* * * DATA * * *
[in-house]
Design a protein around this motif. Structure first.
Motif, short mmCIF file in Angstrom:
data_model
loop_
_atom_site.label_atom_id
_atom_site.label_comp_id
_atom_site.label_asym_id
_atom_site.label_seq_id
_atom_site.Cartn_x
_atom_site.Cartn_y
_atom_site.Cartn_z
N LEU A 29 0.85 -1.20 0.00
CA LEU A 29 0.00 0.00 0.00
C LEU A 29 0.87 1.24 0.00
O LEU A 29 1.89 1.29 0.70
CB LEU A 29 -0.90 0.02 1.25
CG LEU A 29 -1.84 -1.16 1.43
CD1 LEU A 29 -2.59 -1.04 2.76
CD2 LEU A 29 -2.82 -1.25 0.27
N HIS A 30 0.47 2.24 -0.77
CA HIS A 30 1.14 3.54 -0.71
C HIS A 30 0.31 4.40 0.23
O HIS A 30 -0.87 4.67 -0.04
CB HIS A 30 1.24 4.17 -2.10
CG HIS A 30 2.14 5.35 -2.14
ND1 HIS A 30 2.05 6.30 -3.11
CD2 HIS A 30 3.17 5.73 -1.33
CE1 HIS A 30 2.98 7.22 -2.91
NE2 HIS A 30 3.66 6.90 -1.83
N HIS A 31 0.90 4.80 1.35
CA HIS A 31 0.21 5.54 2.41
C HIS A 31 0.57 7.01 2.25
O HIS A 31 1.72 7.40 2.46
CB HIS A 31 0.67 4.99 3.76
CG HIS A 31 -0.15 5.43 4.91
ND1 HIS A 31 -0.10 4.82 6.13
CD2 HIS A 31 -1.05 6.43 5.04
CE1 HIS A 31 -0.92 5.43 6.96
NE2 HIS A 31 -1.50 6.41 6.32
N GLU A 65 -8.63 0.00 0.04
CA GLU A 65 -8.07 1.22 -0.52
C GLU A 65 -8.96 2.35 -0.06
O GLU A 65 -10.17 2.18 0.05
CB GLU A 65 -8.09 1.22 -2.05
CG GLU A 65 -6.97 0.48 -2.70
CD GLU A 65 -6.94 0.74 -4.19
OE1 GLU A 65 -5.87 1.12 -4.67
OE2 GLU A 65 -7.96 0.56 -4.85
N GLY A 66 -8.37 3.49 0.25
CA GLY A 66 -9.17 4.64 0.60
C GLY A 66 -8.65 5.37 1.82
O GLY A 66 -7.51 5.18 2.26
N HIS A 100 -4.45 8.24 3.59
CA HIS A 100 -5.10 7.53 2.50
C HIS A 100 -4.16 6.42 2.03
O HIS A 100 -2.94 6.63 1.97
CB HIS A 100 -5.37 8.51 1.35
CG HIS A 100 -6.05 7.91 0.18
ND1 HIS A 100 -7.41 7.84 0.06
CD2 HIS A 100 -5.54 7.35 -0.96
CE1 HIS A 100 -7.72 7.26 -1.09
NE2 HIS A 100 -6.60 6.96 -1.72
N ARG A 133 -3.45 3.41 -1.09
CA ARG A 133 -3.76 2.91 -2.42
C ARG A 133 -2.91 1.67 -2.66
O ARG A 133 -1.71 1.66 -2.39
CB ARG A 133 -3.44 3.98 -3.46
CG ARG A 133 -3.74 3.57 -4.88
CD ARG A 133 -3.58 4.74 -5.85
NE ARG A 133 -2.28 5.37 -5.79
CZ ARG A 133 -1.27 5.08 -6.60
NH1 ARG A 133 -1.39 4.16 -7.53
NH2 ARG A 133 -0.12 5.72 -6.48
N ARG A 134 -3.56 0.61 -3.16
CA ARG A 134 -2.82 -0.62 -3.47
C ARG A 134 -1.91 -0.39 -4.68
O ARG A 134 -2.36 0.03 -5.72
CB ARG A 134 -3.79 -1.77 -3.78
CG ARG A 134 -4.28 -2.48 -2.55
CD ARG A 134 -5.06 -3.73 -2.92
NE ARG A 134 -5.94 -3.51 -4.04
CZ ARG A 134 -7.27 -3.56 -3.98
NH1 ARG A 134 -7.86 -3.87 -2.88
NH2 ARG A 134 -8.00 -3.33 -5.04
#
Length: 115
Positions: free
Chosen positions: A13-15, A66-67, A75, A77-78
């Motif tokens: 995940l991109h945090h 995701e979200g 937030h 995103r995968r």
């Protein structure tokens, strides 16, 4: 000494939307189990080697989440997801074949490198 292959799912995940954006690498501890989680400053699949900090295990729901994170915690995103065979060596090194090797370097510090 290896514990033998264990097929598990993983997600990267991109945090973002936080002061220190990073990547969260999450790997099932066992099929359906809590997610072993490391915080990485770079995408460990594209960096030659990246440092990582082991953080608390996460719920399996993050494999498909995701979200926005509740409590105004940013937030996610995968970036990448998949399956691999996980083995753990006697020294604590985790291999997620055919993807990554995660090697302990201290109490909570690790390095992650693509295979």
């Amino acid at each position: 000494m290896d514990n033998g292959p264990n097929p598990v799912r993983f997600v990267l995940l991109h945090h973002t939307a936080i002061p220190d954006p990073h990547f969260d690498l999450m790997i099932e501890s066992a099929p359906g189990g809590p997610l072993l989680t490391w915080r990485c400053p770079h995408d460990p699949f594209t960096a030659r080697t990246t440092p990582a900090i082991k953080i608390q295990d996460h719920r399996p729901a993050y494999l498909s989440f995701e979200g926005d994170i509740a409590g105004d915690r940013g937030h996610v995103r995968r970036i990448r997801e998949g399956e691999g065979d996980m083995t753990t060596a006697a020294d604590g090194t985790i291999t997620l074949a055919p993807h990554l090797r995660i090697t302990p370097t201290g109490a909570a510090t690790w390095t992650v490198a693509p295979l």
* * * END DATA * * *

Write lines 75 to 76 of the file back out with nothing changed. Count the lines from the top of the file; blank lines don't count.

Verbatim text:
N ARG A 134 -3.56 0.61 -3.16
CA ARG A 134 -2.82 -0.62 -3.47